The inhabitants of Kecskemét could wake up terrified at 2 am on 8 July in 1911, when a powerful earthquake shook the area. Almost miraculously nobody was injured, but the buildings got damaged badly. The weekly magazine Vasárnapi Ujság reported on the catastrophe on 16 July: ‘The catastrophe of the earthquake killed thousands of houses by cutting death-wounds in them in the town of Kecskemét, but every one of the 65 thousand souls survived with a whole skin in the peril among the crunched walls and crashed roofs.’

Devastations of the Second World War

Vasútállomás - Verseghy Ferenc Könyvtár és Közművelődési Intézmény, CC BY-NC-NDTransport started on the second railway line of the country on the route Pest-Cegléd-Szolnok on 1 September in 1847. Ten years later, the first-class romanticist waiting hall was opened. After the turn of the century in 1907, another departure building was built based on Ferenc Pfaff’s plans, because of the increasing passenger and heavy traffic; it served until WWII. In 1944, bombing the strategically important buildings started. The railway station of Szolnok and its surroundings got more than 800 bomb hits that left the building unserviceable.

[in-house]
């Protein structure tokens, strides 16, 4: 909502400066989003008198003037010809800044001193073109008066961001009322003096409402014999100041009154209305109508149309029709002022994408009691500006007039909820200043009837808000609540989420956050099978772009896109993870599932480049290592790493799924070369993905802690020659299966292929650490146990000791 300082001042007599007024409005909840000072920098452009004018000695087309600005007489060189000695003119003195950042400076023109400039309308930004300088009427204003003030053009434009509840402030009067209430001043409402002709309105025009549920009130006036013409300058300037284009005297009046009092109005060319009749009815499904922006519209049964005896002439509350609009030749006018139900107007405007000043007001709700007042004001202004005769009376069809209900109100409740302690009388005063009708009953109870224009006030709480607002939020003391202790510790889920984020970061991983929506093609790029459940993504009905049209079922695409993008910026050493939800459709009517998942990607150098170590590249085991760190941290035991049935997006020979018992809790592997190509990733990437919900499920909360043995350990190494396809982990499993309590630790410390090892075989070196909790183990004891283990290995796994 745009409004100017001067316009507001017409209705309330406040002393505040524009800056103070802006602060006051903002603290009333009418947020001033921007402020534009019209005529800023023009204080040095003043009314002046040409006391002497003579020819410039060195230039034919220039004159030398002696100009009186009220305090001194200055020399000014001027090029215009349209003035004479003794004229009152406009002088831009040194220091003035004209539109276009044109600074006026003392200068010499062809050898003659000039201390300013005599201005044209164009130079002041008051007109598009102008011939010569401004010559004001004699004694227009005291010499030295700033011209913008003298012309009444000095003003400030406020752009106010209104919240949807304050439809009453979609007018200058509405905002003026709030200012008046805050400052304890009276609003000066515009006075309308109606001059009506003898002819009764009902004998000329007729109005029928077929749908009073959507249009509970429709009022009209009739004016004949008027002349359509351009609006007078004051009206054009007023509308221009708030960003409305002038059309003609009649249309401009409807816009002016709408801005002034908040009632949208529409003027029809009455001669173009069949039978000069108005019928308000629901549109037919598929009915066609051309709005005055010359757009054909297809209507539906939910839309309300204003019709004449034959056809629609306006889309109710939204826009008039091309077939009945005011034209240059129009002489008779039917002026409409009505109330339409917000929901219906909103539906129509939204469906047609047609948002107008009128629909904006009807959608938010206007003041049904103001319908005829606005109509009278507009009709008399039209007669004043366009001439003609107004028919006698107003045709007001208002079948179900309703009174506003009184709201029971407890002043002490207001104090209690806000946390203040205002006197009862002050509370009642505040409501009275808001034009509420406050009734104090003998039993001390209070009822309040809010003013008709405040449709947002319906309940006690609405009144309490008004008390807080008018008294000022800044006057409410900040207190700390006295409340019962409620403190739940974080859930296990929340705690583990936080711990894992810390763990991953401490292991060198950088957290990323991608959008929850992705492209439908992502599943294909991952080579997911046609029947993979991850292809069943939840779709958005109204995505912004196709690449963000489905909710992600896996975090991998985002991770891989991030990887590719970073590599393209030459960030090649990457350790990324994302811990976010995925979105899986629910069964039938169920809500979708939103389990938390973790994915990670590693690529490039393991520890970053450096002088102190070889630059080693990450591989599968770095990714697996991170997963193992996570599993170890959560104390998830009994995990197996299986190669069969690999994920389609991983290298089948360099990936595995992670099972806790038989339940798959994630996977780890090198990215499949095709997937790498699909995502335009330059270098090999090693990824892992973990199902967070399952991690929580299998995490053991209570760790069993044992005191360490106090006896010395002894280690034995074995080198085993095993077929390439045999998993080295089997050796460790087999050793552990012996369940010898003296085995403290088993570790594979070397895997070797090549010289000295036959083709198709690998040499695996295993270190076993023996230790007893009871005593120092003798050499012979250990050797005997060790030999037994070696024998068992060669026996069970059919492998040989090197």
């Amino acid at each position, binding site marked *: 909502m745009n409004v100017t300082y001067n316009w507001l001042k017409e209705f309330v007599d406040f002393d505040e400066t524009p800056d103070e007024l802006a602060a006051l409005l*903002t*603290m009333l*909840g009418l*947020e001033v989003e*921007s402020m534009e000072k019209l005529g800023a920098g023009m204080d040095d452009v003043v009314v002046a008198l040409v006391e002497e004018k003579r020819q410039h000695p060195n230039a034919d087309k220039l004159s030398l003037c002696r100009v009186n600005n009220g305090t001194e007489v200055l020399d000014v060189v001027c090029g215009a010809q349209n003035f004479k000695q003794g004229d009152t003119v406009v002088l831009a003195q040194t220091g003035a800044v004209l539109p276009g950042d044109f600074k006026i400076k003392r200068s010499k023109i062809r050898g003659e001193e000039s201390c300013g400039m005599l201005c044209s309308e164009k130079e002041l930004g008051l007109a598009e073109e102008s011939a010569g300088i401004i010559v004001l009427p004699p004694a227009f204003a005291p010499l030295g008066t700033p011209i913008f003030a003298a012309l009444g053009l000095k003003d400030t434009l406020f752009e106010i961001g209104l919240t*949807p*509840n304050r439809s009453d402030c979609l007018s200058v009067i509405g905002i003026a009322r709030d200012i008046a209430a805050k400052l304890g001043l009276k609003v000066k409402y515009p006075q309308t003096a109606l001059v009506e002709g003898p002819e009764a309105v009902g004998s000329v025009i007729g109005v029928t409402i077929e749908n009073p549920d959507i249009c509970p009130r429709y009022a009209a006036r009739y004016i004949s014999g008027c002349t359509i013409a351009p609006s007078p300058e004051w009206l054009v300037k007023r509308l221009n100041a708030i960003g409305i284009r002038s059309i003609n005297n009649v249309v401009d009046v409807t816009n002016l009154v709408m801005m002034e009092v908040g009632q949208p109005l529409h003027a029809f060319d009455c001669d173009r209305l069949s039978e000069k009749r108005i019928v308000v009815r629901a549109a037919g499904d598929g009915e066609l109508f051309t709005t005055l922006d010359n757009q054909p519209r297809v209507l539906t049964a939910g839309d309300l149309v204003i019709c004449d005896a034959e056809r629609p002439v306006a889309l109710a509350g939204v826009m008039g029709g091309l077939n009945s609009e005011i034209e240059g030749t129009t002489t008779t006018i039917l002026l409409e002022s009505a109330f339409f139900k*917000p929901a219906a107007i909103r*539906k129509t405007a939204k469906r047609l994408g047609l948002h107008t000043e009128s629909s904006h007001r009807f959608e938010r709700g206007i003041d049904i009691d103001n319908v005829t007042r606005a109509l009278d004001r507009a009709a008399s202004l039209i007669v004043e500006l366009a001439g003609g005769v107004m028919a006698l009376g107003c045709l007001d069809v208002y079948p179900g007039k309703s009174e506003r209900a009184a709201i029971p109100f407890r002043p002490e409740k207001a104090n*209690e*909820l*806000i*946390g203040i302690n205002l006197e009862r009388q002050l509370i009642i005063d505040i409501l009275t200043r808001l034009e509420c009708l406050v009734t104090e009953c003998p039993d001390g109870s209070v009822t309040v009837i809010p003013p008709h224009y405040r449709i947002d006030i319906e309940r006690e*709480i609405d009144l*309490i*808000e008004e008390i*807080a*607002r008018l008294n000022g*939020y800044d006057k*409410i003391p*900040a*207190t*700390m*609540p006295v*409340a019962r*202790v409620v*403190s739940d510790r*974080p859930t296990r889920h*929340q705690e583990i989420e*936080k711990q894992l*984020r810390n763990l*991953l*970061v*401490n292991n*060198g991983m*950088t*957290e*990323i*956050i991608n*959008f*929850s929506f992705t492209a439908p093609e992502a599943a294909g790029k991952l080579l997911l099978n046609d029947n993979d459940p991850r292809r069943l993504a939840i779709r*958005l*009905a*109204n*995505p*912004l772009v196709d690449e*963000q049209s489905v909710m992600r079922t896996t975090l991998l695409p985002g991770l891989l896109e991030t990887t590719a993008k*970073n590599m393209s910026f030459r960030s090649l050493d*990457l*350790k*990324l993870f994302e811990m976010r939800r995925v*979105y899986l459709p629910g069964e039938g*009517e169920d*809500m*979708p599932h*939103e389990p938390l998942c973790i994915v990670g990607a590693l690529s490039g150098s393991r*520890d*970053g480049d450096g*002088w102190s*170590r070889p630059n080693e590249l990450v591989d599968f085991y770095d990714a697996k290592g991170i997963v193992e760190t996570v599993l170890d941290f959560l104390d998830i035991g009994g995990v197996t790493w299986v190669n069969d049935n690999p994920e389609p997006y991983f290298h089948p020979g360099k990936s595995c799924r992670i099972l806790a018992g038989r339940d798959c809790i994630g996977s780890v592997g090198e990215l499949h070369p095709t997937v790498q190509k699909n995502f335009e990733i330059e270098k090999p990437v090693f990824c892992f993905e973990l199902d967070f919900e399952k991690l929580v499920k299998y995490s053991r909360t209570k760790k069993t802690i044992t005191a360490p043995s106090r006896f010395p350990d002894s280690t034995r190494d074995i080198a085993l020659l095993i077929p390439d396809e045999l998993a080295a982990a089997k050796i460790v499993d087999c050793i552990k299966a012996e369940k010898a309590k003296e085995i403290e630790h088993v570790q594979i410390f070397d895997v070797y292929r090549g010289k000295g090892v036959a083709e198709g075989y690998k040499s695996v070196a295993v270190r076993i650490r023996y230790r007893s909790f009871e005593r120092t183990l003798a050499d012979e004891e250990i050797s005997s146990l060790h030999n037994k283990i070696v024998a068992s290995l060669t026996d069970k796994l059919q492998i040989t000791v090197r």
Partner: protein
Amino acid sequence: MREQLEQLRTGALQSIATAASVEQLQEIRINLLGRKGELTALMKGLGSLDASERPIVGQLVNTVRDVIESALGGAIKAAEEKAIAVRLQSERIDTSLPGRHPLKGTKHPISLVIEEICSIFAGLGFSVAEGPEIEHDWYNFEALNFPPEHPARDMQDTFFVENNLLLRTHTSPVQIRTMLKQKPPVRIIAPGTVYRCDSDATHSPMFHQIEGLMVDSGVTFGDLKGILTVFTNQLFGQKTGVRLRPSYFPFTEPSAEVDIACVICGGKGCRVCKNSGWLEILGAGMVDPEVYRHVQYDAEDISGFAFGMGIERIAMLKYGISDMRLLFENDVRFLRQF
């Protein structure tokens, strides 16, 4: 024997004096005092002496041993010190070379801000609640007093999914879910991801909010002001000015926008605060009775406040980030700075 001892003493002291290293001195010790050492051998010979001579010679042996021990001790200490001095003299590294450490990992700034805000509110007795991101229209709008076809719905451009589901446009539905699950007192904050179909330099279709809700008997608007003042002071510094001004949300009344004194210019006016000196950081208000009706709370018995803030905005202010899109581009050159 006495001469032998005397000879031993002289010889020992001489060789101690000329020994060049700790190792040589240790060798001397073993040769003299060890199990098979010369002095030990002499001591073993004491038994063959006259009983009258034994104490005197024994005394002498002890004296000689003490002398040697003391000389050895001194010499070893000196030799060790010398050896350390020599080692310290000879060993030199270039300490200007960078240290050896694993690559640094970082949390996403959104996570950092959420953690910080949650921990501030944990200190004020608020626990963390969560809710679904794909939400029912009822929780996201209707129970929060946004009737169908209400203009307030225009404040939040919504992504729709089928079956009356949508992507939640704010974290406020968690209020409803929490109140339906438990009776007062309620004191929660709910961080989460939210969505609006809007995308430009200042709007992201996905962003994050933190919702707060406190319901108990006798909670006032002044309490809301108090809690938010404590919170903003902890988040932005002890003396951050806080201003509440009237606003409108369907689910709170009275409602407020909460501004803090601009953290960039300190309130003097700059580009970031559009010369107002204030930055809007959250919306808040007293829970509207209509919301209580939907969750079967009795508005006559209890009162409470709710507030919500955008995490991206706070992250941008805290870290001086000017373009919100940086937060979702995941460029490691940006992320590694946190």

Debrecen - Múltidéző képeslapok, Margit fürdő, 1912 - Magyar Kereskedelmi és Vendéglátóipari Múzeum, CC BY-NC-NDThe fate of the Margit Spa of Debrecen was also sealed by the war. The spa was inaugurated in the summer of 1887. Besides the luxurious furniture, steam baths and tubs, it had the first sports swimming-pool of the town. But this luxury was lost during the fights, including furniture, equipment and murals. Three-quarters of the building complex were in ruins; the undamaged parts first served pioneers and later the workers’ militia until its complete demolition in 1967. Presently, four-storey mansions are standing in its place.

Synagogues then and now